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Lately, I have noticed a lot of fancy DSLR cameras out there.  Go to the zoo, fair, park, anywhere and it seems that nearly everyone has invested in a nice camera.  Or, every parent that is.  It seems like parents are just obsessed with taking picture of their kids!

Okay, I admit it.  I am one of those parents.  I am completely OBSESSED with getting great photos of my kids.  But, I have an excuse.  My kids are really cute.

For me, like many, it basically went like this: kids where born, I recognized that they were the CUTEST KIDS EVER, I bought a DSLR camera and I started shooting.  Three kids later I’m still shooting.  I have proudly become a Mom Photographer.

Being a mom photographer is more that just snapping a few photos on birthdays and Christmas.  The calling of mom photographer is more serious, (and more obnoxious).  Photography is, after all, an art.  So, instead of just pulling out the camera on holidays you lug that sucker with you everywhere and push people out of the way to get the perfect shot.  God gave us these gorgeous children.  Therefore it is our duty, nay, our privilege to photograph them in the most beautiful way possible.  Everyday.

And, I studied the skill of Mom Photographer under the best, my own mother.  She might have gotten her film developed at  Shopko, whereas I get mind printed at Shutterfly, but the picture taking is the same.   Here are a few tips I use to get great pictures of my kids.  No fancy camera or complicated settings are required.  Although, cute kids are a must.

PS–I edit all of my photos for free on-line using PicMonkey: crazy-awesome photo editing

1. Don’t Force It.

We all know what happens when you try to force a great picture–screaming kids and melt-downs means absolutely NO good photos.  Keep the camera handy and let life happen.  My favorite pictures of my kids were snapped at the most unexpected moments.  The picture below is of my daughter.  One night after supper she crawled into our little kitty pool and got soaking wet.  I stripped her down and she just happily ran and danced around the yard.  I got a handful of stunning pictures of her that night, but I love this one as she ran by me, glancing over her shoulder as she passed.  Ah, I hope she stays like this forever!

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2. Know Your House

Although outside pictures are always the best, I live in Minnesota and shooting indoors is what I have to do 50% of the time, or more.  Therefore it is key for me to know where in the house we have good light, and what time of day the light is coming in.

My favorite place to shoot is in our living room in the afternoon.  The light is really coming in at that time.  When we brought Dominic home from the hospital in June I wanted some pictures of him in his baptismal gown, before he got too big for it, so I laid down a blanket in that warm light and started shooting.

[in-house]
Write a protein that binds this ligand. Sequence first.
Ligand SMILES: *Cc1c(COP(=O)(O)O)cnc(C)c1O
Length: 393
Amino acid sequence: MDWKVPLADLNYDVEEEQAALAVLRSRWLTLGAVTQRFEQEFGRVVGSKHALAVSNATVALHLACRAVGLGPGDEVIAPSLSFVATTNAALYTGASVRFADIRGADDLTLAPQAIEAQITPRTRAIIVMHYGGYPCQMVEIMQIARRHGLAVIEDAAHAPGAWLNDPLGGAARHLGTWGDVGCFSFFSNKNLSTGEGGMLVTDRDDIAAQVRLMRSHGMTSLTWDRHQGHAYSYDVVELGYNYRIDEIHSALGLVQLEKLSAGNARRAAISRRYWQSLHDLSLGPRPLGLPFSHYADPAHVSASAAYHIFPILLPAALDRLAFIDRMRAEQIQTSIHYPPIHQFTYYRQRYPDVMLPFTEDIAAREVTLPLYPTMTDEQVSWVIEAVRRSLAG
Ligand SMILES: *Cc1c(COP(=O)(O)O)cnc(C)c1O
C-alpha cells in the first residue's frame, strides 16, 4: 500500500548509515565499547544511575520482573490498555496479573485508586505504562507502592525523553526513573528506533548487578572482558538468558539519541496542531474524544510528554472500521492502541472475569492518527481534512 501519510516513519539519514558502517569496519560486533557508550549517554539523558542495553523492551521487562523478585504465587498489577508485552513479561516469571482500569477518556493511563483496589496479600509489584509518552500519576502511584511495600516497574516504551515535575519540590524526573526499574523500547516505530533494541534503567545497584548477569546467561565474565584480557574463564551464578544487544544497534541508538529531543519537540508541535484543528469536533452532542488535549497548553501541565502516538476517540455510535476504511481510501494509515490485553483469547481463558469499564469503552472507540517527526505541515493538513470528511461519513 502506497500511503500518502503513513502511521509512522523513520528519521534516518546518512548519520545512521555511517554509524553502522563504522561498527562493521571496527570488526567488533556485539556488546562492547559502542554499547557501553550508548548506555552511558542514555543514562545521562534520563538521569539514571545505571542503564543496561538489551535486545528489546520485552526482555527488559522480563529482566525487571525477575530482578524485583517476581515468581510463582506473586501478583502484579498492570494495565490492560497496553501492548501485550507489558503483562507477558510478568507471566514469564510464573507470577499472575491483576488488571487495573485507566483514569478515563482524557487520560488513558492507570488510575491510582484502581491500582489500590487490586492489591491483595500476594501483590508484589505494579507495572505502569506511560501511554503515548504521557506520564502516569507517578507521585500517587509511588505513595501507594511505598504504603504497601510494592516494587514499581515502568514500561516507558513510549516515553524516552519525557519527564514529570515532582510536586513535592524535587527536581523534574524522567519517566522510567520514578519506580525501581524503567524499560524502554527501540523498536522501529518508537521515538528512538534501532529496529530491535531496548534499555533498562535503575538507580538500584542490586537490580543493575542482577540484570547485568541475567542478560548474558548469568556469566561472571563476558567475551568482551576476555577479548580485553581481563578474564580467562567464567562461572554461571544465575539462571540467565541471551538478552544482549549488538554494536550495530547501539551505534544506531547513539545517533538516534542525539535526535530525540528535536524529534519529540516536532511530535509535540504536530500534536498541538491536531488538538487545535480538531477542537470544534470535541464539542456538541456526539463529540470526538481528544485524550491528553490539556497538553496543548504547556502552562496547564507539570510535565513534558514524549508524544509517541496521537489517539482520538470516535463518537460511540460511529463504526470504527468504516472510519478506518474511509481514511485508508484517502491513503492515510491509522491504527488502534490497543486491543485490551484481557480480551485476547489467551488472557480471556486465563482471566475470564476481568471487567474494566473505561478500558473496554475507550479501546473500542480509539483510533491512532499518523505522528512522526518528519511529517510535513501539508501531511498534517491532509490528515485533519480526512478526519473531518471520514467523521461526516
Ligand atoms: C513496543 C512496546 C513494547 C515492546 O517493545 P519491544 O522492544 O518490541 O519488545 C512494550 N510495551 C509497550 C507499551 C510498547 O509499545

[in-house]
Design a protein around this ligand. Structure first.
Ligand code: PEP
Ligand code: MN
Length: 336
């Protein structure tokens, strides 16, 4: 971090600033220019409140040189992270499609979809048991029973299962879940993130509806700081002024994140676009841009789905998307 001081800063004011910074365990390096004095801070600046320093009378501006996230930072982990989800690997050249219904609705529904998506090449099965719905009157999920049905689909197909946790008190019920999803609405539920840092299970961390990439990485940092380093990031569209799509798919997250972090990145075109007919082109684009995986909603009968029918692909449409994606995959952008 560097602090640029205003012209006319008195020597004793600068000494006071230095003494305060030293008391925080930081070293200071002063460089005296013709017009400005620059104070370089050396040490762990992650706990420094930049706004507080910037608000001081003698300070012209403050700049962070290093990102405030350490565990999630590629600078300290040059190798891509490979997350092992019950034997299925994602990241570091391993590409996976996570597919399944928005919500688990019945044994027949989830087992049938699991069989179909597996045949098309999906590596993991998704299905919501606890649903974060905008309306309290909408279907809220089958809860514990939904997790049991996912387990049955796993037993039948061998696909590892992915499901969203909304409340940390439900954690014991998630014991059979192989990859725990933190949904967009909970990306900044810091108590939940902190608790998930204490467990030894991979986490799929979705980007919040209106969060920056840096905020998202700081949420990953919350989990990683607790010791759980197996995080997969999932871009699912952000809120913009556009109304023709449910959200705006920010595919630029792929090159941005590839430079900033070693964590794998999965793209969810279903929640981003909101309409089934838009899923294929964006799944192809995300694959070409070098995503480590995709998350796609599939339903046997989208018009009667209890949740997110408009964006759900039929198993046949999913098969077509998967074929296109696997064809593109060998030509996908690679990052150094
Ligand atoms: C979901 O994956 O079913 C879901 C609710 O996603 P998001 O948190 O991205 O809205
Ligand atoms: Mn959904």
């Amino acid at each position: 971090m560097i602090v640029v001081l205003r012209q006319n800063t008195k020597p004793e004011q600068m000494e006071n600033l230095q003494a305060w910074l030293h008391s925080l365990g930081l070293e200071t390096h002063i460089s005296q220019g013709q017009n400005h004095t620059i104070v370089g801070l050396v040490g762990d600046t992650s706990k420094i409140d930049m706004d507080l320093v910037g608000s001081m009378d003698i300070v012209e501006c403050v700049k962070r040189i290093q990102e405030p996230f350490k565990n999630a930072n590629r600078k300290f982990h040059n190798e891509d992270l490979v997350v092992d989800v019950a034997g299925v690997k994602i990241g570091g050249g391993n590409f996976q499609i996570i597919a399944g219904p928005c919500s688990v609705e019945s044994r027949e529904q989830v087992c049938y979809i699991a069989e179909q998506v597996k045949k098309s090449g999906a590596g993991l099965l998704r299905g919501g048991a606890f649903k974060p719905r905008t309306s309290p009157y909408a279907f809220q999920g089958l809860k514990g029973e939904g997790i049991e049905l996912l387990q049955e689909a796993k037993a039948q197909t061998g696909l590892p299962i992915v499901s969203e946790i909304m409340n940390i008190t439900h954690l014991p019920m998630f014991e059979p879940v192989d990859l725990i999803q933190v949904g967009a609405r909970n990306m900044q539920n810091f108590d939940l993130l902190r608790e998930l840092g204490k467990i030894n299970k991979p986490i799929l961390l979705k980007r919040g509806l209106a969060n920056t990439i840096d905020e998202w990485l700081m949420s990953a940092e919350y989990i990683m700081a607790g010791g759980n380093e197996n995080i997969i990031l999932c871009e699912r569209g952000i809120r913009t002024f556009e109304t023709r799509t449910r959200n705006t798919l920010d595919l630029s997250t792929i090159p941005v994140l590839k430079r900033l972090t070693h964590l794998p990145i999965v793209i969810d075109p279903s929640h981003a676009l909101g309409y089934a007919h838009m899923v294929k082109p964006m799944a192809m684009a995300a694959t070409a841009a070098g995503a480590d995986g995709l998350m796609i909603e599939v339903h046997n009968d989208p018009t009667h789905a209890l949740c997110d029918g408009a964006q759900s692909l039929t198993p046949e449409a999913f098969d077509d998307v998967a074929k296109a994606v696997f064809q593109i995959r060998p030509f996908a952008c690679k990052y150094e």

Since my oldest son, Gus, had rebelled against naptime that day, I had a little helper.  The way he loves and wants to protect his little brother is unreal.  Although Gus didn’t have any pants on he crawled into this picture and I am so happy I kept on shooting…

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3. Let Go of Perfection

When we go to shoot a picture of our kids we have that ‘perfect shot’ in mind, right?  You know, kid looking right at you, full smile.  That ‘perfect picture’, as we all know, is hard to get,  The more you scream their name and try to get them to smile, the less likely they will do either (or is this just my kids?).

This elusive perfect picture is even more rare when multiple kids are in the shot.  Of course I still try for those ‘perfect pictures’, but I have come to treasure the less than perfect pictures–pictures where there is action and laughter, even if I can only see the back of one kid’s head.

I love this silly picture of my kids and my niece in front of a bin.  The classic elements are there–the matching dresses, the lilacs, the stripes of the bin, the feathery grass…but that sweet giggly tickle is what makes the photo a treasure.

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4. Capture the Little Moments

The problem with only pulling out the camera on birthdays and holidays is that you miss capturing all of those little moments–the moments that your kids are just your kids…and beautifully so.  I might love my children’s little moments more than anything else.  I love the messy faces, sandy toys and wild dance moves.  It is in the little, unplanned, un-staged moments in life when my children’s personality really shines through; like this picture of Bernadette that I snapped at her brother’s birthday party.  The easiest way for me to explain little Bernadette’s personality is to show you this picture.  Yup, that’s her.

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5. Don’t Spend Too Much Time Behind the Camera

I have no intention of spending my kid’s youth behind a camera.  Plus, the only life worth capturing is a life fully lived.  I choose to get out of the house every day, even with 3 kids ages 3 and under…and I choose to lug along my big camera everywhere I go.  I really want my children to remember the fun, adventurous life we lived together…and when I get a chance I grab the camera and snap a few pictures.  So, when memory grows foggy we’ll have proof that we really lived it up.

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All the best, and happy shooting!

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